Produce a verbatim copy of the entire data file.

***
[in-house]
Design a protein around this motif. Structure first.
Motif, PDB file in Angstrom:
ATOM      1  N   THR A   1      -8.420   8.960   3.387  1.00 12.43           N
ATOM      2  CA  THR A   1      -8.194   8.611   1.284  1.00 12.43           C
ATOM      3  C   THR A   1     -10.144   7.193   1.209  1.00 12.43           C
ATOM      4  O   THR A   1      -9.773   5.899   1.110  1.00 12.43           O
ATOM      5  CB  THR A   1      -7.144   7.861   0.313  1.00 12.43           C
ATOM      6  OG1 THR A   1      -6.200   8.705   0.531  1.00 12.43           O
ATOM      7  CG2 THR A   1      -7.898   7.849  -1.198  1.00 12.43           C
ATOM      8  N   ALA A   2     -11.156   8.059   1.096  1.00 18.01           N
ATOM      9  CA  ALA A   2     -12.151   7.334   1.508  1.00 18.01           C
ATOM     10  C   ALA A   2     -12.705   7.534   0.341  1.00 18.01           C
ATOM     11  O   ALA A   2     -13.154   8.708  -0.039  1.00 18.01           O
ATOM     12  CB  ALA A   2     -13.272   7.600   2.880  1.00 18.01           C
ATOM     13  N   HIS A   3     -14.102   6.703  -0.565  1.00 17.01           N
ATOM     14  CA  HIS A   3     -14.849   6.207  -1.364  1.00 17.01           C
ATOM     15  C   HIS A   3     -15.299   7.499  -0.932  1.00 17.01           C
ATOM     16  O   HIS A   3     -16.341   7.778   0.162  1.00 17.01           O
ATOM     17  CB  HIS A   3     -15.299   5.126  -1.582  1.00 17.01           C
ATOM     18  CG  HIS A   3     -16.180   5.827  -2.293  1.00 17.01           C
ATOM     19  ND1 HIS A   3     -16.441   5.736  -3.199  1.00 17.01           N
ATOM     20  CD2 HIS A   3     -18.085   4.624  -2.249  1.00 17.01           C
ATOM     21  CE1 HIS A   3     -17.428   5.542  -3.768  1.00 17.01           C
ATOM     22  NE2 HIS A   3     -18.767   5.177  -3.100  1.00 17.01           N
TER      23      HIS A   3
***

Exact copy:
[in-house]
Design a protein around this motif. Structure first.
Motif, PDB file in Angstrom:
ATOM      1  N   THR A   1      -8.420   8.960   3.387  1.00 12.43           N
ATOM      2  CA  THR A   1      -8.194   8.611   1.284  1.00 12.43           C
ATOM      3  C   THR A   1     -10.144   7.193   1.209  1.00 12.43           C
ATOM      4  O   THR A   1      -9.773   5.899   1.110  1.00 12.43           O
ATOM      5  CB  THR A   1      -7.144   7.861   0.313  1.00 12.43           C
ATOM      6  OG1 THR A   1      -6.200   8.705   0.531  1.00 12.43           O
ATOM      7  CG2 THR A   1      -7.898   7.849  -1.198  1.00 12.43           C
ATOM      8  N   ALA A   2     -11.156   8.059   1.096  1.00 18.01           N
ATOM      9  CA  ALA A   2     -12.151   7.334   1.508  1.00 18.01           C
ATOM     10  C   ALA A   2     -12.705   7.534   0.341  1.00 18.01           C
ATOM     11  O   ALA A   2     -13.154   8.708  -0.039  1.00 18.01           O
ATOM     12  CB  ALA A   2     -13.272   7.600   2.880  1.00 18.01           C
ATOM     13  N   HIS A   3     -14.102   6.703  -0.565  1.00 17.01           N
ATOM     14  CA  HIS A   3     -14.849   6.207  -1.364  1.00 17.01           C
ATOM     15  C   HIS A   3     -15.299   7.499  -0.932  1.00 17.01           C
ATOM     16  O   HIS A   3     -16.341   7.778   0.162  1.00 17.01           O
ATOM     17  CB  HIS A   3     -15.299   5.126  -1.582  1.00 17.01           C
ATOM     18  CG  HIS A   3     -16.180   5.827  -2.293  1.00 17.01           C
ATOM     19  ND1 HIS A   3     -16.441   5.736  -3.199  1.00 17.01           N
ATOM     20  CD2 HIS A   3     -18.085   4.624  -2.249  1.00 17.01           C
ATOM     21  CE1 HIS A   3     -17.428   5.542  -3.768  1.00 17.01           C
ATOM     22  NE2 HIS A   3     -18.767   5.177  -3.100  1.00 17.01           N
TER      23      HIS A   3